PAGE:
And then there is the issue of communication. DHCS officials said they have conducted 8,000 reviews of ADHC beneficiaries’ cases and have been in constant contact with agencies and with the ADHC centers.
“The centers are a part of the plan, in that we’re working with and communicating with the beneficiaries,” Williams said. “We’ve been working with many partners and with the ADHC centers themselves. We’ve been talking to them about the discharge plan, about all facets of the issue.”
According to Missaelides and a number of ADHC center directors, there has been almost no contact from DHCS so far.
“They never talked to me,” Tracy McCloud, director of the Institute on Aging’s ADHC center in San Francisco, said.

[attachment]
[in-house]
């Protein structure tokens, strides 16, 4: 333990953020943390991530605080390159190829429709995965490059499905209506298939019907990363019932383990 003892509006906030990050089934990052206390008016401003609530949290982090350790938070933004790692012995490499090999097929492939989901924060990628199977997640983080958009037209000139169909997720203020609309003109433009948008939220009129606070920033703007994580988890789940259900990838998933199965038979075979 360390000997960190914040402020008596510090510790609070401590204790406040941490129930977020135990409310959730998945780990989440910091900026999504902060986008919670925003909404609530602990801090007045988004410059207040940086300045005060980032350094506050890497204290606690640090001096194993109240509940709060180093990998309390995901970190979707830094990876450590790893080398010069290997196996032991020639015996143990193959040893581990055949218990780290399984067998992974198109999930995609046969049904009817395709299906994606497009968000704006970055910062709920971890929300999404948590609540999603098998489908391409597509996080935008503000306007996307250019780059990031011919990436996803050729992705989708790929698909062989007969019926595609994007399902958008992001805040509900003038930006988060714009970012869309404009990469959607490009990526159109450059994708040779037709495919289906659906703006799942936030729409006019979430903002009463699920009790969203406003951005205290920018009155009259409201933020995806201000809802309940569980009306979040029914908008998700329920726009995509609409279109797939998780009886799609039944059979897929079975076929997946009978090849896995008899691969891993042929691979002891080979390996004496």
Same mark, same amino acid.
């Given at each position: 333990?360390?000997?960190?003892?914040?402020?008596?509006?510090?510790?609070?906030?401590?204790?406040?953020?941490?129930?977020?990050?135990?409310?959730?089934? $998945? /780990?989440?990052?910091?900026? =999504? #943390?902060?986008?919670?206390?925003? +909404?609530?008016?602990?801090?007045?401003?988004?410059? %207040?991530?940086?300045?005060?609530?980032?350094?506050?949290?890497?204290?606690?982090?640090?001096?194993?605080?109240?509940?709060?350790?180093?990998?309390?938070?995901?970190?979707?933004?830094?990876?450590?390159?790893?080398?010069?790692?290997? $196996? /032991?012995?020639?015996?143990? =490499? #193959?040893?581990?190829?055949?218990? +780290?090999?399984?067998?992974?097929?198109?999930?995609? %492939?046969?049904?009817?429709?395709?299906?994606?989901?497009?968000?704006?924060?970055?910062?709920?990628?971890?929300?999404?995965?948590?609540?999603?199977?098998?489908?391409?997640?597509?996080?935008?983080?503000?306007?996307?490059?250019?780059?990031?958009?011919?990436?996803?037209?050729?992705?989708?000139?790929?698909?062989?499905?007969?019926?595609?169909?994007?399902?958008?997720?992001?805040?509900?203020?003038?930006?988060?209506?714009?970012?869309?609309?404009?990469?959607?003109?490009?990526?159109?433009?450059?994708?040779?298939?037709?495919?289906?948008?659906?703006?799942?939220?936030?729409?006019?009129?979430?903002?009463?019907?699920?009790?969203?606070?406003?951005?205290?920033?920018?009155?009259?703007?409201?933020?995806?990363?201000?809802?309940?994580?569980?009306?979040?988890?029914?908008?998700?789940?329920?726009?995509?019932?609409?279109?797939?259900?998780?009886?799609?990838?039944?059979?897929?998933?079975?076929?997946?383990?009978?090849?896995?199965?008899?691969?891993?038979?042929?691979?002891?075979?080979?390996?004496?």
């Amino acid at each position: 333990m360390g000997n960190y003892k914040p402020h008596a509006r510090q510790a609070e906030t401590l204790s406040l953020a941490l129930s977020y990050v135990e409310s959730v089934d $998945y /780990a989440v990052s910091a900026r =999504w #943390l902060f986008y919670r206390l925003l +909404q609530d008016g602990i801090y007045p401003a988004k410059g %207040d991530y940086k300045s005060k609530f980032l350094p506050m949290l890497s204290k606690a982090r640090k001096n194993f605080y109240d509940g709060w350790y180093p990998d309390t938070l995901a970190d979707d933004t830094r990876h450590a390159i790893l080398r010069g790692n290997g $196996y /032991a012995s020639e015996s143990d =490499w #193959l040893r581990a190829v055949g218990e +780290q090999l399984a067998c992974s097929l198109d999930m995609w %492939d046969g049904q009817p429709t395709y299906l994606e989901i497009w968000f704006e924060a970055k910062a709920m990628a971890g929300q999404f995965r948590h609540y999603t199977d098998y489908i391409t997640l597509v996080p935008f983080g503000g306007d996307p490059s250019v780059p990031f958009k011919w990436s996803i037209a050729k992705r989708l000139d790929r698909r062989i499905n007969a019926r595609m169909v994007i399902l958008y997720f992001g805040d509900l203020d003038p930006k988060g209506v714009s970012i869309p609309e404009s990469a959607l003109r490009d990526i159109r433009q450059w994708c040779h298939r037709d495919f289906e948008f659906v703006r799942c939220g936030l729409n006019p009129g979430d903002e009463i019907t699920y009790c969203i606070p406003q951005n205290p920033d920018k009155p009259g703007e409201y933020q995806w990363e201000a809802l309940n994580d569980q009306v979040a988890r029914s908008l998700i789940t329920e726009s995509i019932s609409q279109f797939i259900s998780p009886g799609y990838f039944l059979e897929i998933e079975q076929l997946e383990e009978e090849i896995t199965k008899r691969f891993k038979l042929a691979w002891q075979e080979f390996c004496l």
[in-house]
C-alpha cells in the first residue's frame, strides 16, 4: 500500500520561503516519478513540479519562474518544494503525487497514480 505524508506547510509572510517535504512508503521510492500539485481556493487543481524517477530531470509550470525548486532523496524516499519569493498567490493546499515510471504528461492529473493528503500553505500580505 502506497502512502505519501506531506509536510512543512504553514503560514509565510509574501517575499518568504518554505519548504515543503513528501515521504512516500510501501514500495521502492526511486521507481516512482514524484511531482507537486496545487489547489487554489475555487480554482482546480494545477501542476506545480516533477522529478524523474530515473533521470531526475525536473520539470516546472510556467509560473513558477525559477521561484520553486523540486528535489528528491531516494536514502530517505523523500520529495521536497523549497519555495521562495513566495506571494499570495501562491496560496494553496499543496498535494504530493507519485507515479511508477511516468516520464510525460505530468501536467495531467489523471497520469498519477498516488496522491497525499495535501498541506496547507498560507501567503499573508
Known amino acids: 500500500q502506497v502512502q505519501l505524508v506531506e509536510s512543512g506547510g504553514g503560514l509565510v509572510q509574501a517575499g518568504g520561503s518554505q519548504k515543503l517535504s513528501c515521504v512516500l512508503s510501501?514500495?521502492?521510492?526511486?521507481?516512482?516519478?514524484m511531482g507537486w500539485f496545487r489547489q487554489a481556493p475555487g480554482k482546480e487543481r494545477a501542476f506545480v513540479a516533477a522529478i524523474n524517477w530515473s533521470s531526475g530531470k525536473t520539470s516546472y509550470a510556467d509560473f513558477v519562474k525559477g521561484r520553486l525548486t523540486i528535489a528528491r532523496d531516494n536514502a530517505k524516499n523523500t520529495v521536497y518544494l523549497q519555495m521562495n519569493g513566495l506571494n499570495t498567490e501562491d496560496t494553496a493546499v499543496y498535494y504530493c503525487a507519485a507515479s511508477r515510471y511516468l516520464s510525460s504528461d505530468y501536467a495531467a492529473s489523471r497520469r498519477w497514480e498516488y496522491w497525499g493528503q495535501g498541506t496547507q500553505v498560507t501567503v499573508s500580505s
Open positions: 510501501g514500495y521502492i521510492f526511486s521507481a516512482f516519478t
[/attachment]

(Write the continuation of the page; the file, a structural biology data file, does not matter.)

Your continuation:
The institute’s operation — the first ADHC center in California, launched in 1975 — closed its doors at the end of June. McCloud already has gone through what most of the centers will need to do — help find alternative services for their ADHC beneficiaries. She said she did that with no help from the state.
“It was our job to find services for everyone,” McCloud said. “Many were not eligible for PACE (Program of All-Inclusive Care for the Elderly). Many of them went to other ADHC centers. But there wasn’t really much choice for them.”
DHCS recently received federal approval to extend the elimination deadline and to keep paying ADHC centers for an additional three months, until Dec. 1. That will give everyone time to work out the transition details, Williams said.
“The extra 90 days gives a bit of certainty to the situation,” Williams said. “The plan specifically helps identify service alternatives. And there is a website — an ADHC transition site — which is going to be a good source as an exchange of information.”